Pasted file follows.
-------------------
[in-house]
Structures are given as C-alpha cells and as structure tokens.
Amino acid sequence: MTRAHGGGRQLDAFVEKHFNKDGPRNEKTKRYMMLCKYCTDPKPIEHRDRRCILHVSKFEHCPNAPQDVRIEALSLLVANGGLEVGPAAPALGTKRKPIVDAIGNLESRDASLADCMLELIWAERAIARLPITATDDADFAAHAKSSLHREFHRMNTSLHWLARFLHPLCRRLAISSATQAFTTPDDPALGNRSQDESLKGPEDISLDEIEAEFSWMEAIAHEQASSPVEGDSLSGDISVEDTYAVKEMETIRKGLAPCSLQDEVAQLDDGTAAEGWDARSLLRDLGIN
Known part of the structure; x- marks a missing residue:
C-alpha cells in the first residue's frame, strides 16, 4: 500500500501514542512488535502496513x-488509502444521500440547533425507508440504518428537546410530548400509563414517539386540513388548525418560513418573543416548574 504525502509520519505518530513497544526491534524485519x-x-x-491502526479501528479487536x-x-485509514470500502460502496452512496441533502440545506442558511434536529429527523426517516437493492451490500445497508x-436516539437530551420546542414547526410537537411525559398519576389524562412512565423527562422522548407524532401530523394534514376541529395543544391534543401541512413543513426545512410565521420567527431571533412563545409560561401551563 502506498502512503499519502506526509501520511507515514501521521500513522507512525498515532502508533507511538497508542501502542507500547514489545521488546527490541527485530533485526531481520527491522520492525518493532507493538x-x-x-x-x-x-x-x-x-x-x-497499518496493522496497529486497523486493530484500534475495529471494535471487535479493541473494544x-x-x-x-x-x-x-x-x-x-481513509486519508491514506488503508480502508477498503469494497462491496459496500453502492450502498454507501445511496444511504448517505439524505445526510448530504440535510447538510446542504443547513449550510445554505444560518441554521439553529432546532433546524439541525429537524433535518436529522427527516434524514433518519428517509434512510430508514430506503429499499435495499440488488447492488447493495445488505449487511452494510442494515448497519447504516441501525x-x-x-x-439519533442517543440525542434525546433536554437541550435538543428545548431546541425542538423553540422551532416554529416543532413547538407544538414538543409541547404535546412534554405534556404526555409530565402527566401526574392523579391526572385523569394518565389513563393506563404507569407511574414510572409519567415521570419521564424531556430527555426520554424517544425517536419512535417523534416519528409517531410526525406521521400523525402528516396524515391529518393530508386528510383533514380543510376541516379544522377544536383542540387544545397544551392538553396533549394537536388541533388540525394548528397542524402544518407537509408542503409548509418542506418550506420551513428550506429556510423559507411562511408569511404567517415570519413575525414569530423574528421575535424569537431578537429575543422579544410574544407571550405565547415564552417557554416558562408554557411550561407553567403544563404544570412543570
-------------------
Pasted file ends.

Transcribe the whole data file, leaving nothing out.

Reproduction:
[in-house]
Structures are given as C-alpha cells and as structure tokens.
Amino acid sequence: MTRAHGGGRQLDAFVEKHFNKDGPRNEKTKRYMMLCKYCTDPKPIEHRDRRCILHVSKFEHCPNAPQDVRIEALSLLVANGGLEVGPAAPALGTKRKPIVDAIGNLESRDASLADCMLELIWAERAIARLPITATDDADFAAHAKSSLHREFHRMNTSLHWLARFLHPLCRRLAISSATQAFTTPDDPALGNRSQDESLKGPEDISLDEIEAEFSWMEAIAHEQASSPVEGDSLSGDISVEDTYAVKEMETIRKGLAPCSLQDEVAQLDDGTAAEGWDARSLLRDLGIN
Known part of the structure; x- marks a missing residue:
C-alpha cells in the first residue's frame, strides 16, 4: 500500500501514542512488535502496513x-488509502444521500440547533425507508440504518428537546410530548400509563414517539386540513388548525418560513418573543416548574 504525502509520519505518530513497544526491534524485519x-x-x-491502526479501528479487536x-x-485509514470500502460502496452512496441533502440545506442558511434536529429527523426517516437493492451490500445497508x-436516539437530551420546542414547526410537537411525559398519576389524562412512565423527562422522548407524532401530523394534514376541529395543544391534543401541512413543513426545512410565521420567527431571533412563545409560561401551563 502506498502512503499519502506526509501520511507515514501521521500513522507512525498515532502508533507511538497508542501502542507500547514489545521488546527490541527485530533485526531481520527491522520492525518493532507493538x-x-x-x-x-x-x-x-x-x-x-497499518496493522496497529486497523486493530484500534475495529471494535471487535479493541473494544x-x-x-x-x-x-x-x-x-x-481513509486519508491514506488503508480502508477498503469494497462491496459496500453502492450502498454507501445511496444511504448517505439524505445526510448530504440535510447538510446542504443547513449550510445554505444560518441554521439553529432546532433546524439541525429537524433535518436529522427527516434524514433518519428517509434512510430508514430506503429499499435495499440488488447492488447493495445488505449487511452494510442494515448497519447504516441501525x-x-x-x-439519533442517543440525542434525546433536554437541550435538543428545548431546541425542538423553540422551532416554529416543532413547538407544538414538543409541547404535546412534554405534556404526555409530565402527566401526574392523579391526572385523569394518565389513563393506563404507569407511574414510572409519567415521570419521564424531556430527555426520554424517544425517536419512535417523534416519528409517531410526525406521521400523525402528516396524515391529518393530508386528510383533514380543510376541516379544522377544536383542540387544545397544551392538553396533549394537536388541533388540525394548528397542524402544518407537509408542503409548509418542506418550506420551513428550506429556510423559507411562511408569511404567517415570519413575525414569530423574528421575535424569537431578537429575543422579544410574544407571550405565547415564552417557554416558562408554557411550561407553567403544563404544570412543570